Singapore Table of Contents
When the Portuguese captured Malacca in 1511, the reigning Malaccan sultan fled to Johore in the southern part of the Malay Peninsula, where he established a new sultanate (see fig. 2). Singapura became part of the new Johore Sultanate and was the base for one of its senior officials in the latter sixteenth century. In 1613, however, the Portuguese reported burning down a trading outpost at the mouth of the Temasek (Singapore) River, and Singapura passed into history.
In the following two centuries, the island of Temasek was largely abandoned and forgotten as the fortunes of the Johore Sultanate rose and fell. By 1722 a vigorous seafaring people from the island of Celebes (modern Sulawesi, Indonesia) had become the power behind the throne of the Johore Sultanate. Under Bugis influence, the sultanate built up a lucrative entrepôt trade, centered at Riau, south of Singapore, in present-day Sumatra. Riau also was the site of major plantations of pepper and gambier, a medicinal plant used in tanning. The Bugis used waste material from the gambier refining process to fertilize pepper plants, a valuable crop, but one that quickly depletes soil nutrients. By 1784 an estimated 10,000 Chinese laborers had been brought from southern China to work the gambier plantations on Bintan Island in the Riau archipelago (now part of Indonesia). In the early nineteenth century, gambier was in great demand in Java, Siam, and elsewhere, and cultivation of the crop had spread from Riau to the island of Singapore.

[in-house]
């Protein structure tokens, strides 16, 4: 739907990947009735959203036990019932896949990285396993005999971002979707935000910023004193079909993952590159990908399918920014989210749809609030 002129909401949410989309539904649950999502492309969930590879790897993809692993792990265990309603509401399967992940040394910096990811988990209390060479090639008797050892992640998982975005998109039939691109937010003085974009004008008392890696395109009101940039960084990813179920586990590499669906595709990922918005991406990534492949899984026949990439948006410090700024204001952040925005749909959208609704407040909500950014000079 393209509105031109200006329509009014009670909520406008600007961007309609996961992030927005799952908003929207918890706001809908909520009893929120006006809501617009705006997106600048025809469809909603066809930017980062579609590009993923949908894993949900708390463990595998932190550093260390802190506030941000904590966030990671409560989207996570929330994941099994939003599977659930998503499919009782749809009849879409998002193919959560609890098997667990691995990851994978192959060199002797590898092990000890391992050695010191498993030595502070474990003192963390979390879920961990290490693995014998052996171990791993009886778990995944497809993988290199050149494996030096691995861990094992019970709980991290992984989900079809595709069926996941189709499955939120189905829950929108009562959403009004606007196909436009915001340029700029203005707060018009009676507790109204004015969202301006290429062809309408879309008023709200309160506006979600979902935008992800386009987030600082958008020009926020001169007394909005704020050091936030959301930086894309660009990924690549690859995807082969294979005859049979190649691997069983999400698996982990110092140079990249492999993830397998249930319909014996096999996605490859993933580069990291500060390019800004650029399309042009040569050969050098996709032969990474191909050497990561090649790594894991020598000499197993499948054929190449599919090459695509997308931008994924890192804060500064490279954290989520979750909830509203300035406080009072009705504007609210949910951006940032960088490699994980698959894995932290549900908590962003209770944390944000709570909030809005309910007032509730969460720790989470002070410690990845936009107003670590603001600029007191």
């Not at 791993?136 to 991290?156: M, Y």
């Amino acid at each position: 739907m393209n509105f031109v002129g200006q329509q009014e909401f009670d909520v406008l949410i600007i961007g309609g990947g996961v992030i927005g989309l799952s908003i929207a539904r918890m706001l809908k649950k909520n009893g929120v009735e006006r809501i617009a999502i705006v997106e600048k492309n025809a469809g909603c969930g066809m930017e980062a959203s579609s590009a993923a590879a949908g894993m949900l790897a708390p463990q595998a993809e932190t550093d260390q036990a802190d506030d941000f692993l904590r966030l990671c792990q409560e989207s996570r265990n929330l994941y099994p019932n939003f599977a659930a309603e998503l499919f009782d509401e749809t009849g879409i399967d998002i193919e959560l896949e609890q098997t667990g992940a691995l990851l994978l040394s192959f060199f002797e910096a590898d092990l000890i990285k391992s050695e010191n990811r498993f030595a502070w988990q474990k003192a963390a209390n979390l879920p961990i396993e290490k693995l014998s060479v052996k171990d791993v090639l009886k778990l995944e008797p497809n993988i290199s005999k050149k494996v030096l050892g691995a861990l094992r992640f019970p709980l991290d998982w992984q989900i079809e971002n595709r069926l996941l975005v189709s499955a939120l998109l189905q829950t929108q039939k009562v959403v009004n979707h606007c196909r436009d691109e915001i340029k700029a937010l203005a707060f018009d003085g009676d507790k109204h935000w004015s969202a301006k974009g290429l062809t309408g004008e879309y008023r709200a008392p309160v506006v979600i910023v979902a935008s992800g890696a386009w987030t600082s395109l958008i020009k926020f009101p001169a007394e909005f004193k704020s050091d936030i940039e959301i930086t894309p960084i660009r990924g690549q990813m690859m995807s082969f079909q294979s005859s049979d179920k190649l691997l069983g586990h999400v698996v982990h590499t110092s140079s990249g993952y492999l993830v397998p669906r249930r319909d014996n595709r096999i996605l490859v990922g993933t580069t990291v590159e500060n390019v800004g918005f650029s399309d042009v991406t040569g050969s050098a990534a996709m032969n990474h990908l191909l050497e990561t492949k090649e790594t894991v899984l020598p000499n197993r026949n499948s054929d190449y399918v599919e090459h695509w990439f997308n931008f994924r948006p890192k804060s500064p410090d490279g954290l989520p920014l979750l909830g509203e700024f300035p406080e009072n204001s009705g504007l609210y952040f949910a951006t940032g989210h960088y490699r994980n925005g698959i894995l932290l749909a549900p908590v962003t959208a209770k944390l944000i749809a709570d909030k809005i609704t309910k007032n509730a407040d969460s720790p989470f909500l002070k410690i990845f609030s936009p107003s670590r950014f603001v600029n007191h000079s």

The territory controlled by the Johore Sultanate in the late eighteenth century was somewhat reduced from that under its precursor, the Malacca Sultanate, but still included the southern part of the Malay Peninsula, the adjacent area of Sumatra, and the islands between, including Singapore. The sultanate had become increasingly weakened by division into a Malay faction, which controlled the peninsula and Singapore, and a Bugis faction, which controlled the Riau Archipelago and Sumatra. When the ruling sultan died without a royal heir, the Bugis had proclaimed as sultan the younger of his two sons by a commoner wife. The sultan's elder son, Hussein (or Tengku Long) resigned himself to living in obscurity in Riau.
Although the sultan was the nominal ruler of his domain, senior officials actually governed the sultanate. In control of Singapore and the neighboring islands was Temenggong Abdu'r Rahman, Hussein's father-in-law. In 1818 the temenggong (a high Malay official) and some of his followers left Riau for Singapore shortly after the Dutch signed a treaty with the Bugis-controlled sultan, allowing them to station a garrison at Riau. The temenggong's settlement on the Singapore River included several hundred orang laut (sea gypsies in Malay) under Malay overlords who owed allegiance to the temenggong. For their livelihood the inhabitants depended on fishing, fruit growing, trading, and occasional piracy. Large pirate fleets also used the strait between Singapore and the Riau Archipelago as a favorite rendezvous. Also living on the island in settlements along the rivers and creeks were several hundred indigenous tribespeople, who lived by fishing and gathering jungle produce. Some thirty Chinese, probably brought from Riau by the temenggong, had begun gambier and pepper production on the island. In all, perhaps a thousand people inhabited the island of Singapore at the dawn of the colonial era.
Data as of December 1989